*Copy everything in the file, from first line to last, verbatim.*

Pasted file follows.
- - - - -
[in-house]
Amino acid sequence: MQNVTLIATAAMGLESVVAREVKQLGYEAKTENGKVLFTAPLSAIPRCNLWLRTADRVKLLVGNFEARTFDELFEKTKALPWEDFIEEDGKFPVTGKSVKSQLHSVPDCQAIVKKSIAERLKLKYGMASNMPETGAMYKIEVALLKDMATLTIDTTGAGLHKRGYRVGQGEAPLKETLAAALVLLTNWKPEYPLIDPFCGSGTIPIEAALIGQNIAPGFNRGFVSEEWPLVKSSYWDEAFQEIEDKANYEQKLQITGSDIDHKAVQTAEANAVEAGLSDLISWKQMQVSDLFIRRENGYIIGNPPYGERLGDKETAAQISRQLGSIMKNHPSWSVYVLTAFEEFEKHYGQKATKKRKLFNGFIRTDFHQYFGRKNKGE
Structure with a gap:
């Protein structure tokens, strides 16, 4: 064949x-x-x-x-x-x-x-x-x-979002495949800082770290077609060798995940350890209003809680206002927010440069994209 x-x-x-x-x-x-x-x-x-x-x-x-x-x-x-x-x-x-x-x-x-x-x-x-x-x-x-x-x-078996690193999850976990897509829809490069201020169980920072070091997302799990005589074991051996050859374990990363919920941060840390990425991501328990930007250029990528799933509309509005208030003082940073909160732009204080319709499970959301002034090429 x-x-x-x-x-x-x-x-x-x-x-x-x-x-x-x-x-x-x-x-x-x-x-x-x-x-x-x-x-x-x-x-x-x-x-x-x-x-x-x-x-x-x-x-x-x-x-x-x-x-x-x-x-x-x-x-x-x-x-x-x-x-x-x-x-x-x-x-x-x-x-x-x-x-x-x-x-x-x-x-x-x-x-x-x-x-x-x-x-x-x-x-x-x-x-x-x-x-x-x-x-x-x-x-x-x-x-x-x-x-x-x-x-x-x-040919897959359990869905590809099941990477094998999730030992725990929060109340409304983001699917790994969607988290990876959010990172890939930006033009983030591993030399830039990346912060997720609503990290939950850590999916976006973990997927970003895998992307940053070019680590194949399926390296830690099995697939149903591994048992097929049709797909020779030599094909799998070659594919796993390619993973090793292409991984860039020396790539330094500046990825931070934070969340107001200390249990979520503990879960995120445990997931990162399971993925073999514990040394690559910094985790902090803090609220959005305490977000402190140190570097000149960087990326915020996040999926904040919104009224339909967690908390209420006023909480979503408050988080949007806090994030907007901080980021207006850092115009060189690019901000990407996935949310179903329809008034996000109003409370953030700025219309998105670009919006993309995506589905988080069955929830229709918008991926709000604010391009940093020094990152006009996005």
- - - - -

[in-house]
Amino acid sequence: MQNVTLIATAAMGLESVVAREVKQLGYEAKTENGKVLFTAPLSAIPRCNLWLRTADRVKLLVGNFEARTFDELFEKTKALPWEDFIEEDGKFPVTGKSVKSQLHSVPDCQAIVKKSIAERLKLKYGMASNMPETGAMYKIEVALLKDMATLTIDTTGAGLHKRGYRVGQGEAPLKETLAAALVLLTNWKPEYPLIDPFCGSGTIPIEAALIGQNIAPGFNRGFVSEEWPLVKSSYWDEAFQEIEDKANYEQKLQITGSDIDHKAVQTAEANAVEAGLSDLISWKQMQVSDLFIRRENGYIIGNPPYGERLGDKETAAQISRQLGSIMKNHPSWSVYVLTAFEEFEKHYGQKATKKRKLFNGFIRTDFHQYFGRKNKGE
Structure with a gap:
């Protein structure tokens, strides 16, 4: 064949x-x-x-x-x-x-x-x-x-979002495949800082770290077609060798995940350890209003809680206002927010440069994209 x-x-x-x-x-x-x-x-x-x-x-x-x-x-x-x-x-x-x-x-x-x-x-x-x-x-x-x-x-078996690193999850976990897509829809490069201020169980920072070091997302799990005589074991051996050859374990990363919920941060840390990425991501328990930007250029990528799933509309509005208030003082940073909160732009204080319709499970959301002034090429 x-x-x-x-x-x-x-x-x-x-x-x-x-x-x-x-x-x-x-x-x-x-x-x-x-x-x-x-x-x-x-x-x-x-x-x-x-x-x-x-x-x-x-x-x-x-x-x-x-x-x-x-x-x-x-x-x-x-x-x-x-x-x-x-x-x-x-x-x-x-x-x-x-x-x-x-x-x-x-x-x-x-x-x-x-x-x-x-x-x-x-x-x-x-x-x-x-x-x-x-x-x-x-x-x-x-x-x-x-x-x-x-x-x-x-040919897959359990869905590809099941990477094998999730030992725990929060109340409304983001699917790994969607988290990876959010990172890939930006033009983030591993030399830039990346912060997720609503990290939950850590999916976006973990997927970003895998992307940053070019680590194949399926390296830690099995697939149903591994048992097929049709797909020779030599094909799998070659594919796993390619993973090793292409991984860039020396790539330094500046990825931070934070969340107001200390249990979520503990879960995120445990997931990162399971993925073999514990040394690559910094985790902090803090609220959005305490977000402190140190570097000149960087990326915020996040999926904040919104009224339909967690908390209420006023909480979503408050988080949007806090994030907007901080980021207006850092115009060189690019901000990407996935949310179903329809008034996000109003409370953030700025219309998105670009919006993309995506589905988080069955929830229709918008991926709000604010391009940093020094990152006009996005």